A Day Without Dad: Coping with Loss on Father's Day
Father’s Day is a time to celebrate and recognize our dads and father figures. However, it can be an emotionally painful holiday if your father has passed away.
The death of a parent is the most common form of bereavement in the United States. Even if you feel you are coping well with your father’s death, holidays can be particularly difficult. Here are some suggestions to help manage your loss while honoring your dad.
Memorialize Your Father
The desire to memorialize those who have passed, perhaps by creating a memorial monument or plaque, is part of human nature. Memorials help you manage your grief and sadness by serving as lasting tributes, physical symbols of a loved one's continued presence. You can also celebrate your father’s life by:
- Donating to a charity in his name or volunteering on his behalf
- Planting a tree or memorial garden
- Designing a special gravestone
- Making a memory book
Acknowledge the Holiday
It is almost impossible to avoid in-store displays promoting Father’s Day, TV advertisements enticing viewers to buy gifts for Dad and chatter on social media about people’s plans and celebrations. By acknowledging the holiday, you help yourself to be emotionally prepared for it, which in turn can help promote healthy healing.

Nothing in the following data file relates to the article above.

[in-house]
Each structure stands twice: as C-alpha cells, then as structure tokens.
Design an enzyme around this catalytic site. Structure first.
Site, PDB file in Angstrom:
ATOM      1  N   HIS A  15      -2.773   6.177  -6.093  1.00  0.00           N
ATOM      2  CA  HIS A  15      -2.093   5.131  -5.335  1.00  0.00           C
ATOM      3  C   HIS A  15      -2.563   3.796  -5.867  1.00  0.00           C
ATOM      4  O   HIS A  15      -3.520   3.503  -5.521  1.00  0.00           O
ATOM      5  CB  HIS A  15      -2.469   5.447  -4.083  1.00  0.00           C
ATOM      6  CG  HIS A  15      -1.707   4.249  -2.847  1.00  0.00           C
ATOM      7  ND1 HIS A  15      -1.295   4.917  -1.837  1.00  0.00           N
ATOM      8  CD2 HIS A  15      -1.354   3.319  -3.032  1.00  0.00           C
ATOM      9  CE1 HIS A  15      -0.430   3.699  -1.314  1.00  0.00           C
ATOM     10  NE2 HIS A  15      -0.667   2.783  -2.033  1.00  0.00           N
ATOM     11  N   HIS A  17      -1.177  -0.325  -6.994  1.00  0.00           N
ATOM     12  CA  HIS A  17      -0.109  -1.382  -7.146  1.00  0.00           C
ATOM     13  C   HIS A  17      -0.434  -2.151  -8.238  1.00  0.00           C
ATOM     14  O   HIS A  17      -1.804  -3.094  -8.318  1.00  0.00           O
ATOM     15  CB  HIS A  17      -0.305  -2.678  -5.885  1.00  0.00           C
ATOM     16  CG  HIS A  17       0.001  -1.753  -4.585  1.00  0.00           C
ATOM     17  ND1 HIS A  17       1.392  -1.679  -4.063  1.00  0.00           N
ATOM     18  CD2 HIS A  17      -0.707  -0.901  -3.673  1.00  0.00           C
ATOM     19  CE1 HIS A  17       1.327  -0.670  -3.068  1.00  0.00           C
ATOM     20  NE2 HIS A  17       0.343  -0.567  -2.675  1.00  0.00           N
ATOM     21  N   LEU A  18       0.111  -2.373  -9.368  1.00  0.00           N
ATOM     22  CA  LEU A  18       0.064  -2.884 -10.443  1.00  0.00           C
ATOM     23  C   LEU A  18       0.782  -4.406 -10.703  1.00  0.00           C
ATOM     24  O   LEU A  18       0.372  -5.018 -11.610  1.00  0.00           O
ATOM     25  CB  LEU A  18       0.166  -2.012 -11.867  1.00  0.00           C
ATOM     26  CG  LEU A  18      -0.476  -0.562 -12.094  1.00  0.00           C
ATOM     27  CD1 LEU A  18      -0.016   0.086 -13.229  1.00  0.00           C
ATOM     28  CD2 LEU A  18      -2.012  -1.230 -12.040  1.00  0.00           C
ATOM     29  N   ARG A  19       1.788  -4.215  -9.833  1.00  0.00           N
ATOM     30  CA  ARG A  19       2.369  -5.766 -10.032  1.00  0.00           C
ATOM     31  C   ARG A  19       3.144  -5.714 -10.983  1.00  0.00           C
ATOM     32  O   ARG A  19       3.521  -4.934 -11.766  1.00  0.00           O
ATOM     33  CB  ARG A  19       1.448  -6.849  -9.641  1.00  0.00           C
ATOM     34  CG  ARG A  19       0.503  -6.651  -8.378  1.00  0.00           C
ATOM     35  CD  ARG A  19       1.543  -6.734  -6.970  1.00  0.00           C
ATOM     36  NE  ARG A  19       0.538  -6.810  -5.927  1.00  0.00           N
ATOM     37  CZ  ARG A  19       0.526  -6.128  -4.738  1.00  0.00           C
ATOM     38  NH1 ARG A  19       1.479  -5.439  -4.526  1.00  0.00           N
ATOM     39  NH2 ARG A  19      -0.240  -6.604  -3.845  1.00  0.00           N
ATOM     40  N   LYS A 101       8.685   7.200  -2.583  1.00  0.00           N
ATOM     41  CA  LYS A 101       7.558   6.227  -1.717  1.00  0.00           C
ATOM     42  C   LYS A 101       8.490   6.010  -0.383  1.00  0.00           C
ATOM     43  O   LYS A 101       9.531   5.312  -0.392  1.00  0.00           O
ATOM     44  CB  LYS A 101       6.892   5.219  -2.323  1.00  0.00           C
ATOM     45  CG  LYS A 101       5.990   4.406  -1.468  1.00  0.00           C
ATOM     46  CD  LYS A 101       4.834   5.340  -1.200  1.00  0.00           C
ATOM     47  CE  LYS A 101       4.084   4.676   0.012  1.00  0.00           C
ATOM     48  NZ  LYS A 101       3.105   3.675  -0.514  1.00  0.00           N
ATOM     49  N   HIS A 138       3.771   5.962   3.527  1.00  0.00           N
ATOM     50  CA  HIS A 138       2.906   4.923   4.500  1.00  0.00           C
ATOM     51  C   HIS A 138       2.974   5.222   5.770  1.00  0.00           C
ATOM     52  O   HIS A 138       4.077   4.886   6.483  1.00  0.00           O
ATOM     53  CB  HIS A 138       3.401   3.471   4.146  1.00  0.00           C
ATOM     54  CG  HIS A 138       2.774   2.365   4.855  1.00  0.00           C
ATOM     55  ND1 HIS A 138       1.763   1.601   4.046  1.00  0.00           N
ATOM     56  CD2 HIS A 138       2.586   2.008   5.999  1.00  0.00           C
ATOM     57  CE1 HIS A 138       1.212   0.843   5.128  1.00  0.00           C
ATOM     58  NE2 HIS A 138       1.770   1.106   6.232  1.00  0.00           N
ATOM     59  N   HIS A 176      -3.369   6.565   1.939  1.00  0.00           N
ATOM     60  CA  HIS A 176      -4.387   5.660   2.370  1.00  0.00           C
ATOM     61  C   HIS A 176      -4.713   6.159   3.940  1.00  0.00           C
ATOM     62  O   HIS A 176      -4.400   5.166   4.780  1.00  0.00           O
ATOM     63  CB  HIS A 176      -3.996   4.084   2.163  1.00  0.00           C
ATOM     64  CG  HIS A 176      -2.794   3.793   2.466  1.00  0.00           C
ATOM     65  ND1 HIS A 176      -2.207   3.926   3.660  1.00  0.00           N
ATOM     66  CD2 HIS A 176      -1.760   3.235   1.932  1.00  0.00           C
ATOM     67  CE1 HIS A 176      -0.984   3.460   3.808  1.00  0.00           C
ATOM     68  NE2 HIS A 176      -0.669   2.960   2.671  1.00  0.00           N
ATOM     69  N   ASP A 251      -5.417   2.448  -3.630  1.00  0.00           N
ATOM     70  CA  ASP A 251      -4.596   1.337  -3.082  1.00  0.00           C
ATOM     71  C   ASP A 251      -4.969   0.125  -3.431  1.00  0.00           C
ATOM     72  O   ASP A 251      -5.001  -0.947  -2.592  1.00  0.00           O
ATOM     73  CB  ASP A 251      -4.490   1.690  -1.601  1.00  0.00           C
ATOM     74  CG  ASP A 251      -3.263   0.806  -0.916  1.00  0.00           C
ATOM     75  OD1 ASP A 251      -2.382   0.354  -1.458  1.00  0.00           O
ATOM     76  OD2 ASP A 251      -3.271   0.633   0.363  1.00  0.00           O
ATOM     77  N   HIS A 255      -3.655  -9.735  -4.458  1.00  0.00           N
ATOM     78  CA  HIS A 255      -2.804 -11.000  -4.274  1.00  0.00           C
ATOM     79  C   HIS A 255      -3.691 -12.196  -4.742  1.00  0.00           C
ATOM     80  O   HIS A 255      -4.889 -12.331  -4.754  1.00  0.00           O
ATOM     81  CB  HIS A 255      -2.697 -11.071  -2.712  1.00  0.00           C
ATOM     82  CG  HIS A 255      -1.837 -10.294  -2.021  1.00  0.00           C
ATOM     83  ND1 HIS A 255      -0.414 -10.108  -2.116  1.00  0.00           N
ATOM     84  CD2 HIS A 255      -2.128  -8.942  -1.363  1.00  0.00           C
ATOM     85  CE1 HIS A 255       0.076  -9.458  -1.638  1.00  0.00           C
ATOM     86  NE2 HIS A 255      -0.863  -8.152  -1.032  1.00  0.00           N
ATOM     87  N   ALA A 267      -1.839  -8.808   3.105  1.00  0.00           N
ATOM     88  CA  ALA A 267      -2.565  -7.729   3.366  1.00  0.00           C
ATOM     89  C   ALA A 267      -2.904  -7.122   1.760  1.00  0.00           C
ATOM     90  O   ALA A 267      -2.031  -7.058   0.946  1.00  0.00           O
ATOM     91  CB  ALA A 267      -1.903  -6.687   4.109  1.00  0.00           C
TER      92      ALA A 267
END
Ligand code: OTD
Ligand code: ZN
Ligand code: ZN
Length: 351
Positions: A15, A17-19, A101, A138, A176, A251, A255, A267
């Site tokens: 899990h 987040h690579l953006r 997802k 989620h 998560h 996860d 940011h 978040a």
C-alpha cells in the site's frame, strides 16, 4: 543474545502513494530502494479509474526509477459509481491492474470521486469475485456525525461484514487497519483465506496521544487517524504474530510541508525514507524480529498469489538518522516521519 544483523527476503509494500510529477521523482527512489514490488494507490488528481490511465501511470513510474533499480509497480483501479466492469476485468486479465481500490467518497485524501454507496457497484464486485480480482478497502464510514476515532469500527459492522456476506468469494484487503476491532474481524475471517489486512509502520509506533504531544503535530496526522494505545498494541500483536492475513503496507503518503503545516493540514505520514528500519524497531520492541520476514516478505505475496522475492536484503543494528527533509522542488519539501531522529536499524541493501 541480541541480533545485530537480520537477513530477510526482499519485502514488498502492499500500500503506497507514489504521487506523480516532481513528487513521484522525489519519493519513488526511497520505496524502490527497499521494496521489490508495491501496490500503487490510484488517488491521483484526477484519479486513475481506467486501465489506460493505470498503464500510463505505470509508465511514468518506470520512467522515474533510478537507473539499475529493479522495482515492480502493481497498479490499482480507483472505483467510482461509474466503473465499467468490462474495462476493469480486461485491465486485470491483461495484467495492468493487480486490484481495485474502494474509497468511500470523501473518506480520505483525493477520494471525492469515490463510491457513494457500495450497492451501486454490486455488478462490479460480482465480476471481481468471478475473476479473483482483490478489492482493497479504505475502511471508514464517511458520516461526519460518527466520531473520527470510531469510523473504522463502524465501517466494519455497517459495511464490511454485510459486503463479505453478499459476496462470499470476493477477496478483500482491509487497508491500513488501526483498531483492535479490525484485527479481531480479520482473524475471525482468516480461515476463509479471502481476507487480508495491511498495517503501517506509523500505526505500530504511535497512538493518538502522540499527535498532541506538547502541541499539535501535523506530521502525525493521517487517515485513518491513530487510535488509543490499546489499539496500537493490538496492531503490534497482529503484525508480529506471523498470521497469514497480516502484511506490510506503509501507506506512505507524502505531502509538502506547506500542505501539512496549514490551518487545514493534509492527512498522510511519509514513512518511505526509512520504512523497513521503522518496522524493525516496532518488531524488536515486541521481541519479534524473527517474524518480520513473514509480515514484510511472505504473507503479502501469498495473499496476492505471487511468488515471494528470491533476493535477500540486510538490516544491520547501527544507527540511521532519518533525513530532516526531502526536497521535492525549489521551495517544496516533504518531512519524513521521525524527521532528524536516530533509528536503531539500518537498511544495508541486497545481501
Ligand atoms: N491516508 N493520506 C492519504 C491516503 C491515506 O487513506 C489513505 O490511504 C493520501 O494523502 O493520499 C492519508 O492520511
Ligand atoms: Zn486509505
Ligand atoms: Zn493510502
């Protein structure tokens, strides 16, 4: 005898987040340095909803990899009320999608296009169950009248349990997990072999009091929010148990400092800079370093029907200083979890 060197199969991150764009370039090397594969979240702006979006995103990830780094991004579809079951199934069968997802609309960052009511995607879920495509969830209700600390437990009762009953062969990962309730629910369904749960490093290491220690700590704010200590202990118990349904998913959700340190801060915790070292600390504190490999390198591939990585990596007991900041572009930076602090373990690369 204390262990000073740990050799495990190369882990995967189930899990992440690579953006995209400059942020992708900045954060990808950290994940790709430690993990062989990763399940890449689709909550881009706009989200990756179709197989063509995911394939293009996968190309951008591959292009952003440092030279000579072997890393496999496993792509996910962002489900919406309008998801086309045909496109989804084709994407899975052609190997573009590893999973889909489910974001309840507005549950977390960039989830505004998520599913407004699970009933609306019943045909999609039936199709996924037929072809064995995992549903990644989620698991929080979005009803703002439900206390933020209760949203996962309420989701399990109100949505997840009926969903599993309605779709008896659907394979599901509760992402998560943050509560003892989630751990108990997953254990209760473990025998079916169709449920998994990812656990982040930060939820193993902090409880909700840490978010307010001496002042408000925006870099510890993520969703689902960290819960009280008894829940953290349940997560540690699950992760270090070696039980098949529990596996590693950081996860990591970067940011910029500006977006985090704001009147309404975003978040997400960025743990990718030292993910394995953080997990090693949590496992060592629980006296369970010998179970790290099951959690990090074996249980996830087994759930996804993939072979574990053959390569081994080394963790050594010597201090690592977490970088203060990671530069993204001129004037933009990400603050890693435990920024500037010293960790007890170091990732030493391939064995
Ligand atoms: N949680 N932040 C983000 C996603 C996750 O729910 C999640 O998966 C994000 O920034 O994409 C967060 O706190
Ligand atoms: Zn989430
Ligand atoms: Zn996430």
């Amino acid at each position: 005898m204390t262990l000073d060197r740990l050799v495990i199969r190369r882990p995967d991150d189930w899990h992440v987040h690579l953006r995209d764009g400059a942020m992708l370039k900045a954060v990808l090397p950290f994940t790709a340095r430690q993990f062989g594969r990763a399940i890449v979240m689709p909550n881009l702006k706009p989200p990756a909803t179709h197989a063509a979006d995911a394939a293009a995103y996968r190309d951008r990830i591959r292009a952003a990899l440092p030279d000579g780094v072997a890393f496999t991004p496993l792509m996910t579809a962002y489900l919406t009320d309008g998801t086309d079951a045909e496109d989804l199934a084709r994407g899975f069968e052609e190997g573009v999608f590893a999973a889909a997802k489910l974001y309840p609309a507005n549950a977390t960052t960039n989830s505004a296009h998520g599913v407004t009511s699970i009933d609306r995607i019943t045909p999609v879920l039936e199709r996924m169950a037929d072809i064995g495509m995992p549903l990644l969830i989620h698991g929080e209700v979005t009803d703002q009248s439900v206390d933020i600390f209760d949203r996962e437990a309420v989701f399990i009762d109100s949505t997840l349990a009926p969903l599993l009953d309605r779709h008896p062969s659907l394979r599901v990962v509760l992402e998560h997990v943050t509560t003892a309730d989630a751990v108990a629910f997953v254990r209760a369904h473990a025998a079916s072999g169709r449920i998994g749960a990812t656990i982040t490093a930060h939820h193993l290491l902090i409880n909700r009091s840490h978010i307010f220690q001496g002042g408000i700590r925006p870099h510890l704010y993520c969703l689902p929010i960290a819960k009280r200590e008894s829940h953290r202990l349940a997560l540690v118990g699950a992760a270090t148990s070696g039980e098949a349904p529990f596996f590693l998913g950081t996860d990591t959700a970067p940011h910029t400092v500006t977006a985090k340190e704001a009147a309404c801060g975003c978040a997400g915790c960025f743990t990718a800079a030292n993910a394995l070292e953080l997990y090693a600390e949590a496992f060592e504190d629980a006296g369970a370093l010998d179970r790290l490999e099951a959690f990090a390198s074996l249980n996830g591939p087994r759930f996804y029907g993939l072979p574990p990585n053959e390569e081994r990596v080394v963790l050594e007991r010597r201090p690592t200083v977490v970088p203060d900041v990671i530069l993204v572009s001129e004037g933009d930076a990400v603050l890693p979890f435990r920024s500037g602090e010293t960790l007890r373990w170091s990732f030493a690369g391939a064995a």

For instance, buying a card, whether it’s humorous or heartfelt, allows you to observe the holiday in his memory. You might even find closure by writing in the card about any unfinished issues you might have had with your father. Look through photo albums for photos of your father that recall good times and make you smile.
If you are sad, don’t feel like you have to set aside your grief for the holiday. Grieving is an individualized process and there is no right way or right amount of time to grieve. If you are unsure whether you are ready to celebrate Father’s Day, it is perfectly fine to acknowledge the day without participating in it.
Although you may think you want to be alone, isolating yourself on Father’s Day may make you feel worse. Try to spend the day, or part of it, with someone who cares about you. Have dinner with friends, go see a movie with family members, or find a bereavement group meeting to attend on Sunday. Ask other members about how they cope. Not only will you spend time with people who understand what you’re going through, you might learn valuable coping skills.